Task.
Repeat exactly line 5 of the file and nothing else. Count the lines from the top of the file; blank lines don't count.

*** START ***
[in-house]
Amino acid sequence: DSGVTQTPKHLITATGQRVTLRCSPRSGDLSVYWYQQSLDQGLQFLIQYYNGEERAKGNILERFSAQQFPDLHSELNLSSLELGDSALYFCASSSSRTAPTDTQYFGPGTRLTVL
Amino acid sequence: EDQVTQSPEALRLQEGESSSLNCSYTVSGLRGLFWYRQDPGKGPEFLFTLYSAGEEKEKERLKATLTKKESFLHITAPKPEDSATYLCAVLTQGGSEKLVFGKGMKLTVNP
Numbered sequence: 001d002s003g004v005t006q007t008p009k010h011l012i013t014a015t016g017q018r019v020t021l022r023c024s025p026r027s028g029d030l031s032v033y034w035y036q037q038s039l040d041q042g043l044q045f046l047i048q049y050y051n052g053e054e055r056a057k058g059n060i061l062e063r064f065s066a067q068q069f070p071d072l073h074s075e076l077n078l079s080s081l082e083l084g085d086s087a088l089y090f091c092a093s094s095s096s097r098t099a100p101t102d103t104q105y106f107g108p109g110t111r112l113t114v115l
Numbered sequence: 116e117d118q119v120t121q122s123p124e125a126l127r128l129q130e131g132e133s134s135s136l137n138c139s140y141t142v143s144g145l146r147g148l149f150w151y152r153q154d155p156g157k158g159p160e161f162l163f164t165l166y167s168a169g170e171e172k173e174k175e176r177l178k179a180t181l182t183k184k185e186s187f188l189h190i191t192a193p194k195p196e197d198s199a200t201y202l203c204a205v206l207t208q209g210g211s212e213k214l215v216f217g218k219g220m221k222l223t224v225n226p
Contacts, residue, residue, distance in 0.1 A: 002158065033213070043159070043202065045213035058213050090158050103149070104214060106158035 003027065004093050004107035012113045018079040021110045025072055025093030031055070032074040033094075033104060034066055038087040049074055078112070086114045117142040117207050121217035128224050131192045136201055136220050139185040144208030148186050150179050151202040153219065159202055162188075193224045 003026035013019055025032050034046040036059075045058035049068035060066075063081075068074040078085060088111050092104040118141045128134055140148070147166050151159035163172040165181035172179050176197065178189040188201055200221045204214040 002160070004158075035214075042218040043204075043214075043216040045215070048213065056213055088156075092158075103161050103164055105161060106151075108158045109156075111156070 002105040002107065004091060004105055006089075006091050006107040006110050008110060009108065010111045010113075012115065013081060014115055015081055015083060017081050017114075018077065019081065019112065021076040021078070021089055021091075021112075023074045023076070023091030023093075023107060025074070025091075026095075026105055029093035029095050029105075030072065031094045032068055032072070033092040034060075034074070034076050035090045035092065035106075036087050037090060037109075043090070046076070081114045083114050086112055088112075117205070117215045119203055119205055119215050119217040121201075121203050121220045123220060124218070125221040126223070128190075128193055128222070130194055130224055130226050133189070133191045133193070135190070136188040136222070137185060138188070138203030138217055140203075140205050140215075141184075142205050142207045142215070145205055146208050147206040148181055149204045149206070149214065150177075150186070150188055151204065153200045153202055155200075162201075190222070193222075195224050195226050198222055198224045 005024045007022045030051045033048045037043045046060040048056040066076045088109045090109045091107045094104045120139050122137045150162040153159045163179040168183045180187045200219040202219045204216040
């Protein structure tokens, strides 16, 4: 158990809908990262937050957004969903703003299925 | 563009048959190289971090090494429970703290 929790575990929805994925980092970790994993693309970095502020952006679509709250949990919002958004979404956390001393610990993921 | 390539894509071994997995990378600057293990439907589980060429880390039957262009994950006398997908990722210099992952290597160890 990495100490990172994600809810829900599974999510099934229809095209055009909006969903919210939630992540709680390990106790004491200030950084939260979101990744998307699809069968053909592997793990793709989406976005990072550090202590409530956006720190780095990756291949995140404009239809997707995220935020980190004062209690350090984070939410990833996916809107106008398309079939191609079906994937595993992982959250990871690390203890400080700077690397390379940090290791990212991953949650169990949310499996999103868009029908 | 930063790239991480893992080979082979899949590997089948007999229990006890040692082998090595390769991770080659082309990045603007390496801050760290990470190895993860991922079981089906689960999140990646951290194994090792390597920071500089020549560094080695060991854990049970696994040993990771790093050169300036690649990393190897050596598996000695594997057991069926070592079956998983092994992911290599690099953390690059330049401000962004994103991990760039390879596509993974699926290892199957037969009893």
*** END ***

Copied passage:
Numbered sequence: 116e117d118q119v120t121q122s123p124e125a126l127r128l129q130e131g132e133s134s135s136l137n138c139s140y141t142v143s144g145l146r147g148l149f150w151y152r153q154d155p156g157k158g159p160e161f162l163f164t165l166y167s168a169g170e171e172k173e174k175e176r177l178k179a180t181l182t183k184k185e186s187f188l189h190i191t192a193p194k195p196e197d198s199a200t201y202l203c204a205v206l207t208q209g210g211s212e213k214l215v216f217g218k219g220m221k222l223t224v225n226p